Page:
Prince George’s County Executive Rushern Baker visited the John A. Wilson Building this morning — D.C.’s city hall — to visit with his fellow new leader, Mayor Vincent C. Gray. Afterward, Baker tweeted Gray a thank-you: “Appreciate DC Mayor Gray showing me CapStat and the DC 311 center.”

Baker is in the process of creating a “CountyStat” apparatus for Prince George’s, based on the data-driven management models pioneered by William Bratton for New York City police and Martin O’Malley in the Baltimore city government, and later adopted by Mayor Adrian Fenty in the District.

But “CapStat,” as Fenty called his accountability regime, might not be long for Gray’s government — under that name, at least.

Gray’s city administrator, Allen Y. Lew, said in an interview last month that he’s looking to establish “more of a management relationship rather than dealing with every nook and cranny.”

CapStat under Fenty was a fairly rigid process of goal-setting and goal-meeting and goal-revising, whose centerpiece were high-pressure meetings gathering top agency officials, the city administrator and staff, and, at least early on, Fenty himself. Early meetings, in fact, were videotaped and put on the Internet before Attorney General Peter Nickles put a stop to it.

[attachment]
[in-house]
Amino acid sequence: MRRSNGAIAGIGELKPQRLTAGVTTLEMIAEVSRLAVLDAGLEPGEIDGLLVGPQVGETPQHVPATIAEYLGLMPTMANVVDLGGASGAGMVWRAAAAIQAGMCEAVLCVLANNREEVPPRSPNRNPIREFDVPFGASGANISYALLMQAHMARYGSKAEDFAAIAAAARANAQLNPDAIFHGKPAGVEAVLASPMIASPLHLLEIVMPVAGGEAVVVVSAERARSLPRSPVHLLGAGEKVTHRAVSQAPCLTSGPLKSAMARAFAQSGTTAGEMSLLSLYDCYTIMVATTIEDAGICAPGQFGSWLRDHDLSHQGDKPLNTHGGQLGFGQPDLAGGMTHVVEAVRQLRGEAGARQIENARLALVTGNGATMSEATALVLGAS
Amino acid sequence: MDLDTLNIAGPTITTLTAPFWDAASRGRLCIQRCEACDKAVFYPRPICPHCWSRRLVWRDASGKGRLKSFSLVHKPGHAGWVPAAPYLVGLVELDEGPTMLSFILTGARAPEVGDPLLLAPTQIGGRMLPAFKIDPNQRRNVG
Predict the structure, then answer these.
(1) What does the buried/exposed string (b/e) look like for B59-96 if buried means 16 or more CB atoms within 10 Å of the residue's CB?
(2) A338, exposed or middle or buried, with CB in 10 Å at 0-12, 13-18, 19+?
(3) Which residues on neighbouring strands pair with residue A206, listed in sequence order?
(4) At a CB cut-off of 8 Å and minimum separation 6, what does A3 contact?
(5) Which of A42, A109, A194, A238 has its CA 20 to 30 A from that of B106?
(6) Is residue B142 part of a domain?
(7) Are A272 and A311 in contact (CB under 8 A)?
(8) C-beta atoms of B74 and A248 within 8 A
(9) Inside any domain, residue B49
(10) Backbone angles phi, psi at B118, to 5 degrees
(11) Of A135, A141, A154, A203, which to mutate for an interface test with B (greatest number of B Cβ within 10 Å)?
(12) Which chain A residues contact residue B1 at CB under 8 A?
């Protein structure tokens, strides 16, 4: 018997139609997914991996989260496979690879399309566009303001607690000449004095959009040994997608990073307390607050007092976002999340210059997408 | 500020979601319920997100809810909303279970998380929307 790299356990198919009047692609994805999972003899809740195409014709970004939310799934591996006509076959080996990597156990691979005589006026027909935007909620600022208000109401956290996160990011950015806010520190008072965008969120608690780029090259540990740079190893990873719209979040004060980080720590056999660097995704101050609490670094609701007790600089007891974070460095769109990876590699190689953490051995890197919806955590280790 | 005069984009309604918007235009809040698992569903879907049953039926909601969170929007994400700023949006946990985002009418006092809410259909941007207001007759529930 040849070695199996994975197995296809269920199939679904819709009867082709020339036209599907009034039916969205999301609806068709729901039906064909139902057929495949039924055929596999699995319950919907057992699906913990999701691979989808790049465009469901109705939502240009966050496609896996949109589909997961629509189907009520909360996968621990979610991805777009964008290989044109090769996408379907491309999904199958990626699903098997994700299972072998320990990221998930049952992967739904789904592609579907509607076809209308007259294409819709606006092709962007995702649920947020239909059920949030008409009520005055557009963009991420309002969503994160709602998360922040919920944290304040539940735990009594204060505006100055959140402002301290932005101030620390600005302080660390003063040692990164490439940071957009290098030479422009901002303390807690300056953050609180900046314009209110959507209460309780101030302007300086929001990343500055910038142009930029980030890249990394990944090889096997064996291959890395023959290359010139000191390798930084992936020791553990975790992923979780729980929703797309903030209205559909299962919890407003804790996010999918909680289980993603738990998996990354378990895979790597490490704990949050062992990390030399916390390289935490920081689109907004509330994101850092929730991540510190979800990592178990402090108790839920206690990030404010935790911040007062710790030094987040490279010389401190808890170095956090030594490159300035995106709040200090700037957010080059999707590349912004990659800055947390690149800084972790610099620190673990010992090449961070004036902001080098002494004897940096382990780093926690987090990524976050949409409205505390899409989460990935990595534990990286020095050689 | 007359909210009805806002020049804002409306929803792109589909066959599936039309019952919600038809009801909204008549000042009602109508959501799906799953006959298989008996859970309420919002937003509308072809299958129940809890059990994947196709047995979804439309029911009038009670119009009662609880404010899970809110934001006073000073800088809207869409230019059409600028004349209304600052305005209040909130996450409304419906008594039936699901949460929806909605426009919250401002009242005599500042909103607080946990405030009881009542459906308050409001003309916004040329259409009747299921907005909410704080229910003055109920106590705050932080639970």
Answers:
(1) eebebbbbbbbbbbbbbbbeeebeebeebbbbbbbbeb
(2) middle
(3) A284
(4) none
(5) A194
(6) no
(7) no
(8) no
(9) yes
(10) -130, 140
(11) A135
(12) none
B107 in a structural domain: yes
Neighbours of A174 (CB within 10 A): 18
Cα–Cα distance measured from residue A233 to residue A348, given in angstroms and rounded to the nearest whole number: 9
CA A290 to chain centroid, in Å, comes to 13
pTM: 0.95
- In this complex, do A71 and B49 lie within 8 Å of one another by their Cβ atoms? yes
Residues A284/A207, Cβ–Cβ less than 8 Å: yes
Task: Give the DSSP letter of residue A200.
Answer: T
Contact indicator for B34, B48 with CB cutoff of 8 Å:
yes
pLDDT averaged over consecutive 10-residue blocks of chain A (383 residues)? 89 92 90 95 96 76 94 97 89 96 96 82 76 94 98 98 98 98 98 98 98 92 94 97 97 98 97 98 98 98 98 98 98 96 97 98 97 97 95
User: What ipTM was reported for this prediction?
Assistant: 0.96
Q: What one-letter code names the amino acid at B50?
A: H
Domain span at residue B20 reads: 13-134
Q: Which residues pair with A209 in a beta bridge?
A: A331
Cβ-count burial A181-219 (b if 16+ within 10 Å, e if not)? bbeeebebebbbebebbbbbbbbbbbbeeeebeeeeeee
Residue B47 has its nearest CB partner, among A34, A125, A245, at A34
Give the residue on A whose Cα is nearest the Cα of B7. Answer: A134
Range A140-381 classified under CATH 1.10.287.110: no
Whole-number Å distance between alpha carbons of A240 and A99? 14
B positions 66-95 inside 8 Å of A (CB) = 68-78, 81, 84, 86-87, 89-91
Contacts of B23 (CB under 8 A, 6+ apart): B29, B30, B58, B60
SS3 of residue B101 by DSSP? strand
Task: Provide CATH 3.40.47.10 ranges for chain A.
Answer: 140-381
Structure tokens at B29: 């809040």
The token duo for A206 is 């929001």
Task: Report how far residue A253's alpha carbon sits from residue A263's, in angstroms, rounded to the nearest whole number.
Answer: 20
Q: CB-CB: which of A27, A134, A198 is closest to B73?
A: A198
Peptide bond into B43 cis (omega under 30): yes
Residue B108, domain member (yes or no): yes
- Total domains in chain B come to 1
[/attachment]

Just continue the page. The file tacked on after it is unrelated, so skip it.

Lew said that method is no more.

“We do have meetings similar to that, but we’re certainly not calling it that,” Lew said. “We’re going to have metrics, measurement goals, where we have to fit, what we have to fit, things like that.”

The term “CapStat” appears to have been scrubbed from the OCA web site.

The demise of CapStat accompanies a broader change in how the government is being run. Fenty’s first city administrator, Dan Tangherlini, introduced a rigorous management model that fused the structure seen in the federal Office of Management and Budget (where he had once worked) with the data-driven focus of Bratton and O’Malley. A corps of “analysts” reporting to Tangherlini (who is now the chief financial and management officer for the U.S. Treasury Department) worked regularly with the agency or agencies they covered, digging to reap performance efficiencies that turf-conscious agencies might not be able or willing to identify themselves.

That structure is now all but gone. Where the city administrator once had unified responsibility for budget preparation and performance management — under the theory that the two go hand in hand — Lew’s office no longer has direct say over budgeting. Gray’s budget chief, Eric Goulet, instead reports to Chief of Staff Gerri Mason Hall, and many of the staff positions that once belonged to the CA now belong to Goulet.

The new accountability process, Lew said, is “similar [to CapStat] but it’s not the the same process.”

“I deal directly with the cabinet members and their staffs,” he said. “And then our staffs deal with the various layers of folks that are overseeing these various groups.”